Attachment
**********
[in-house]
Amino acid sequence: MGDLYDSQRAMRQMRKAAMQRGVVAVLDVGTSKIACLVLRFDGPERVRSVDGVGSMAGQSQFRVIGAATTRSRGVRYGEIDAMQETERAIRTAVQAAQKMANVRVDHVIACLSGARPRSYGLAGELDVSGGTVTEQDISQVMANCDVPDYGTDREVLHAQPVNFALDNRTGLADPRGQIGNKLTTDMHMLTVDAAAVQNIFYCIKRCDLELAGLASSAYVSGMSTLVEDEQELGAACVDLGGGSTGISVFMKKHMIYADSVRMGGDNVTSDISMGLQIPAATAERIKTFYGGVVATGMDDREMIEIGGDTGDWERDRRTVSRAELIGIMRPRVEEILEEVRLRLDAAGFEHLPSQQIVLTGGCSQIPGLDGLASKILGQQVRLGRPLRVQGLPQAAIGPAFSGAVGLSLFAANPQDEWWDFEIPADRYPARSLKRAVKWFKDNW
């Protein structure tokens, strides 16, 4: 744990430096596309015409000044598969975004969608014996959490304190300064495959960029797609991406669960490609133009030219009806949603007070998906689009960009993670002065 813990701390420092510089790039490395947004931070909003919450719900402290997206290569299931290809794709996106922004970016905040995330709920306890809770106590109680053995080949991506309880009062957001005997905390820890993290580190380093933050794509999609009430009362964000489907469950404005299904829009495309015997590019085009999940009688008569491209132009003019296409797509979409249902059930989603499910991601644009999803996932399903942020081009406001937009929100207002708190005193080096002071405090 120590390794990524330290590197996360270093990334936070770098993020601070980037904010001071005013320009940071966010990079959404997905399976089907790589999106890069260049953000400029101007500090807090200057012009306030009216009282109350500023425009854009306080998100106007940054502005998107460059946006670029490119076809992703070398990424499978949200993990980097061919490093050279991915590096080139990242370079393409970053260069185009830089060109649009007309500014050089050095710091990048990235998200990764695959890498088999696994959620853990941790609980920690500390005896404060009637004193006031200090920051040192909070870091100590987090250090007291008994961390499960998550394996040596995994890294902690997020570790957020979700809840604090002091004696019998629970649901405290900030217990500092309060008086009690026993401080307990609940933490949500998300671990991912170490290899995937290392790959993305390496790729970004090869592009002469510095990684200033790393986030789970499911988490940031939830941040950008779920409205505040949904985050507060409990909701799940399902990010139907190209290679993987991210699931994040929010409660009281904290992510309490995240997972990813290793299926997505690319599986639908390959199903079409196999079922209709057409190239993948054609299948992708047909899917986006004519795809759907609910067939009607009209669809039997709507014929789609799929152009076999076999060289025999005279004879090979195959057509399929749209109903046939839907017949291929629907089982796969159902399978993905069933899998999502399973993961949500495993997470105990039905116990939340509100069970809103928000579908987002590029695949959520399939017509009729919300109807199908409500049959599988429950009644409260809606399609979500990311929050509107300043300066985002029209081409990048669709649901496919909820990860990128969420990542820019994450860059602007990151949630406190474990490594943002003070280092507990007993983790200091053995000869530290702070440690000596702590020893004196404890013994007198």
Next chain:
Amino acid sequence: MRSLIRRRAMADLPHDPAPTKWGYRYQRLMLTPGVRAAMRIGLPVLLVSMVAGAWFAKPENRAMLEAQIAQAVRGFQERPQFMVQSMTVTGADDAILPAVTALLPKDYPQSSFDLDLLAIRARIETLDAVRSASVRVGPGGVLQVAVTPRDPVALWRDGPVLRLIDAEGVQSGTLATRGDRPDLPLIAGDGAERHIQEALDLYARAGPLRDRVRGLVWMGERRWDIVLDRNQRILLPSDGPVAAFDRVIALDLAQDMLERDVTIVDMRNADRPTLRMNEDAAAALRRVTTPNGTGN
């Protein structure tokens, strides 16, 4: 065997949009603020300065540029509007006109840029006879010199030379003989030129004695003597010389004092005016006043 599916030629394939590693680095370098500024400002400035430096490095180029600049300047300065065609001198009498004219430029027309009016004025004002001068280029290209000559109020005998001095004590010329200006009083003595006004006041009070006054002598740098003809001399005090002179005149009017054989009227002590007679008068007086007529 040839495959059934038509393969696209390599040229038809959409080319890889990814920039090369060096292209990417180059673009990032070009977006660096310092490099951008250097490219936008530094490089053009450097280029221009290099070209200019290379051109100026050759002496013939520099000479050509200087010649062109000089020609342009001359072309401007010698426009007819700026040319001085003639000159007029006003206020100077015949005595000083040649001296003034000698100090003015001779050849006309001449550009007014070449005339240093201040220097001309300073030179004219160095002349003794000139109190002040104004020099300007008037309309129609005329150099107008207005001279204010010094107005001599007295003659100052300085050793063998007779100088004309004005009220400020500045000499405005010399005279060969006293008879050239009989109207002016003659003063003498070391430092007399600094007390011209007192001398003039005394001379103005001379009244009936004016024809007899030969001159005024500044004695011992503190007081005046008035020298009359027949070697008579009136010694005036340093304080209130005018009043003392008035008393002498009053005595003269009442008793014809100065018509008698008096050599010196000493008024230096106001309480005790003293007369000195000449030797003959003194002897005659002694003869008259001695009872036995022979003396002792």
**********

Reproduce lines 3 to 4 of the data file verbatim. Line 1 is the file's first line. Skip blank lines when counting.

């Protein structure tokens, strides 16, 4: 744990430096596309015409000044598969975004969608014996959490304190300064495959960029797609991406669960490609133009030219009806949603007070998906689009960009993670002065 813990701390420092510089790039490395947004931070909003919450719900402290997206290569299931290809794709996106922004970016905040995330709920306890809770106590109680053995080949991506309880009062957001005997905390820890993290580190380093933050794509999609009430009362964000489907469950404005299904829009495309015997590019085009999940009688008569491209132009003019296409797509979409249902059930989603499910991601644009999803996932399903942020081009406001937009929100207002708190005193080096002071405090 120590390794990524330290590197996360270093990334936070770098993020601070980037904010001071005013320009940071966010990079959404997905399976089907790589999106890069260049953000400029101007500090807090200057012009306030009216009282109350500023425009854009306080998100106007940054502005998107460059946006670029490119076809992703070398990424499978949200993990980097061919490093050279991915590096080139990242370079393409970053260069185009830089060109649009007309500014050089050095710091990048990235998200990764695959890498088999696994959620853990941790609980920690500390005896404060009637004193006031200090920051040192909070870091100590987090250090007291008994961390499960998550394996040596995994890294902690997020570790957020979700809840604090002091004696019998629970649901405290900030217990500092309060008086009690026993401080307990609940933490949500998300671990991912170490290899995937290392790959993305390496790729970004090869592009002469510095990684200033790393986030789970499911988490940031939830941040950008779920409205505040949904985050507060409990909701799940399902990010139907190209290679993987991210699931994040929010409660009281904290992510309490995240997972990813290793299926997505690319599986639908390959199903079409196999079922209709057409190239993948054609299948992708047909899917986006004519795809759907609910067939009607009209669809039997709507014929789609799929152009076999076999060289025999005279004879090979195959057509399929749209109903046939839907017949291929629907089982796969159902399978993905069933899998999502399973993961949500495993997470105990039905116990939340509100069970809103928000579908987002590029695949959520399939017509009729919300109807199908409500049959599988429950009644409260809606399609979500990311929050509107300043300066985002029209081409990048669709649901496919909820990860990128969420990542820019994450860059602007990151949630406190474990490594943002003070280092507990007993983790200091053995000869530290702070440690000596702590020893004196404890013994007198």
Next chain: